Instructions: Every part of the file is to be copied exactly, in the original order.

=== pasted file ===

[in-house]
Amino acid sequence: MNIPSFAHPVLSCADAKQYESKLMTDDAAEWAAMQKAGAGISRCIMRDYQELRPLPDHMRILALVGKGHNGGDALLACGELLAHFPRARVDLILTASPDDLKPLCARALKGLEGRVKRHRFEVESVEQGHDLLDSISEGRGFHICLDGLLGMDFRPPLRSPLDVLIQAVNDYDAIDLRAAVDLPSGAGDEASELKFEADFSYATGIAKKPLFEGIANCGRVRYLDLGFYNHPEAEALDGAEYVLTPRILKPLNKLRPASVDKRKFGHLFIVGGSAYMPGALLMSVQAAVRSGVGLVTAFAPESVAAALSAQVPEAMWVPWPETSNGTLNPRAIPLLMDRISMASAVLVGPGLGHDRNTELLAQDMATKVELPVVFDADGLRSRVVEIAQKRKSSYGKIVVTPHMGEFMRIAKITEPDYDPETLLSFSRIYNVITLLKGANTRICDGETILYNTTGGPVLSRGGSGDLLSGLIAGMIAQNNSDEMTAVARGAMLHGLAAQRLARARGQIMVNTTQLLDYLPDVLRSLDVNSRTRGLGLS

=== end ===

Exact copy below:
[in-house]
Amino acid sequence: MNIPSFAHPVLSCADAKQYESKLMTDDAAEWAAMQKAGAGISRCIMRDYQELRPLPDHMRILALVGKGHNGGDALLACGELLAHFPRARVDLILTASPDDLKPLCARALKGLEGRVKRHRFEVESVEQGHDLLDSISEGRGFHICLDGLLGMDFRPPLRSPLDVLIQAVNDYDAIDLRAAVDLPSGAGDEASELKFEADFSYATGIAKKPLFEGIANCGRVRYLDLGFYNHPEAEALDGAEYVLTPRILKPLNKLRPASVDKRKFGHLFIVGGSAYMPGALLMSVQAAVRSGVGLVTAFAPESVAAALSAQVPEAMWVPWPETSNGTLNPRAIPLLMDRISMASAVLVGPGLGHDRNTELLAQDMATKVELPVVFDADGLRSRVVEIAQKRKSSYGKIVVTPHMGEFMRIAKITEPDYDPETLLSFSRIYNVITLLKGANTRICDGETILYNTTGGPVLSRGGSGDLLSGLIAGMIAQNNSDEMTAVARGAMLHGLAAQRLARARGQIMVNTTQLLDYLPDVLRSLDVNSRTRGLGLS